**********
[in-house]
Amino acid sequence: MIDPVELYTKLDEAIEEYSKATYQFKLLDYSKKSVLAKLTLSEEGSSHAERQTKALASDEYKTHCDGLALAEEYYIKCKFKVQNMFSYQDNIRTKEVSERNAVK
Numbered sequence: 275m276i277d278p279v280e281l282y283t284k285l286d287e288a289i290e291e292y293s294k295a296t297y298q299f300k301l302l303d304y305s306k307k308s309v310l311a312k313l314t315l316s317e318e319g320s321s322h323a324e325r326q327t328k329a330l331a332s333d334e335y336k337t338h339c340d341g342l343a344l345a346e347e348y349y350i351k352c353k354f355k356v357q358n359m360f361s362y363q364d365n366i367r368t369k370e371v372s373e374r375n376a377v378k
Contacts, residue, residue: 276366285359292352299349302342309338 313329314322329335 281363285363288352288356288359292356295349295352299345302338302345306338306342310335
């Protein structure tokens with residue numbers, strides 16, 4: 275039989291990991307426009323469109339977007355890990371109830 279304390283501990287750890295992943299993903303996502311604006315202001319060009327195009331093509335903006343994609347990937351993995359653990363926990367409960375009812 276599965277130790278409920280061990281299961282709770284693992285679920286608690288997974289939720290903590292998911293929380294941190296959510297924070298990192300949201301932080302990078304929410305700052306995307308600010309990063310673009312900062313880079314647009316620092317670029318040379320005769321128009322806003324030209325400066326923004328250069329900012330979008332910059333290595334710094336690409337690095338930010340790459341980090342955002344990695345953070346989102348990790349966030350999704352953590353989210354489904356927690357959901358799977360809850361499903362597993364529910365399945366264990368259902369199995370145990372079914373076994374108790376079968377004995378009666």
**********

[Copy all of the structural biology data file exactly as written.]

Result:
[in-house]
Amino acid sequence: MIDPVELYTKLDEAIEEYSKATYQFKLLDYSKKSVLAKLTLSEEGSSHAERQTKALASDEYKTHCDGLALAEEYYIKCKFKVQNMFSYQDNIRTKEVSERNAVK
Numbered sequence: 275m276i277d278p279v280e281l282y283t284k285l286d287e288a289i290e291e292y293s294k295a296t297y298q299f300k301l302l303d304y305s306k307k308s309v310l311a312k313l314t315l316s317e318e319g320s321s322h323a324e325r326q327t328k329a330l331a332s333d334e335y336k337t338h339c340d341g342l343a344l345a346e347e348y349y350i351k352c353k354f355k356v357q358n359m360f361s362y363q364d365n366i367r368t369k370e371v372s373e374r375n376a377v378k
Contacts, residue, residue: 276366285359292352299349302342309338 313329314322329335 281363285363288352288356288359292356295349295352299345302338302345306338306342310335
């Protein structure tokens with residue numbers, strides 16, 4: 275039989291990991307426009323469109339977007355890990371109830 279304390283501990287750890295992943299993903303996502311604006315202001319060009327195009331093509335903006343994609347990937351993995359653990363926990367409960375009812 276599965277130790278409920280061990281299961282709770284693992285679920286608690288997974289939720290903590292998911293929380294941190296959510297924070298990192300949201301932080302990078304929410305700052306995307308600010309990063310673009312900062313880079314647009316620092317670029318040379320005769321128009322806003324030209325400066326923004328250069329900012330979008332910059333290595334710094336690409337690095338930010340790459341980090342955002344990695345953070346989102348990790349966030350999704352953590353989210354489904356927690357959901358799977360809850361499903362597993364529910365399945366264990368259902369199995370145990372079914373076994374108790376079968377004995378009666």